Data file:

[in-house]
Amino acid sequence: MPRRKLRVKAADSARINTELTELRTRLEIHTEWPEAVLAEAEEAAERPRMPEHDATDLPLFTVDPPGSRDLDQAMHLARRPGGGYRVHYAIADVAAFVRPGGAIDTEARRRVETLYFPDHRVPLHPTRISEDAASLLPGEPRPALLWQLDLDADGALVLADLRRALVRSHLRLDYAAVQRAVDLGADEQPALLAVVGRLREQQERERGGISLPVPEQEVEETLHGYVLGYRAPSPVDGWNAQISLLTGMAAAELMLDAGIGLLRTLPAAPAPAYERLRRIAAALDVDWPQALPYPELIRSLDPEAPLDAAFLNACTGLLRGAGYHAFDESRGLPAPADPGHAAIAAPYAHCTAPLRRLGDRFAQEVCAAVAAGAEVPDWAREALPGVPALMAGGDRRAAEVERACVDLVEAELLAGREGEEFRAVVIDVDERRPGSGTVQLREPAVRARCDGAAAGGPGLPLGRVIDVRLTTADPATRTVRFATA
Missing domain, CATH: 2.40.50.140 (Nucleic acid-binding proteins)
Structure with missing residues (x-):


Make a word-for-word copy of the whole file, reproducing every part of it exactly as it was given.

[in-house]
Amino acid sequence: MPRRKLRVKAADSARINTELTELRTRLEIHTEWPEAVLAEAEEAAERPRMPEHDATDLPLFTVDPPGSRDLDQAMHLARRPGGGYRVHYAIADVAAFVRPGGAIDTEARRRVETLYFPDHRVPLHPTRISEDAASLLPGEPRPALLWQLDLDADGALVLADLRRALVRSHLRLDYAAVQRAVDLGADEQPALLAVVGRLREQQERERGGISLPVPEQEVEETLHGYVLGYRAPSPVDGWNAQISLLTGMAAAELMLDAGIGLLRTLPAAPAPAYERLRRIAAALDVDWPQALPYPELIRSLDPEAPLDAAFLNACTGLLRGAGYHAFDESRGLPAPADPGHAAIAAPYAHCTAPLRRLGDRFAQEVCAAVAAGAEVPDWAREALPGVPALMAGGDRRAAEVERACVDLVEAELLAGREGEEFRAVVIDVDERRPGSGTVQLREPAVRARCDGAAAGGPGLPLGRVIDVRLTTADPATRTVRFATA
Missing domain, CATH: 2.40.50.140 (Nucleic acid-binding proteins)
Structure with missing residues (x-):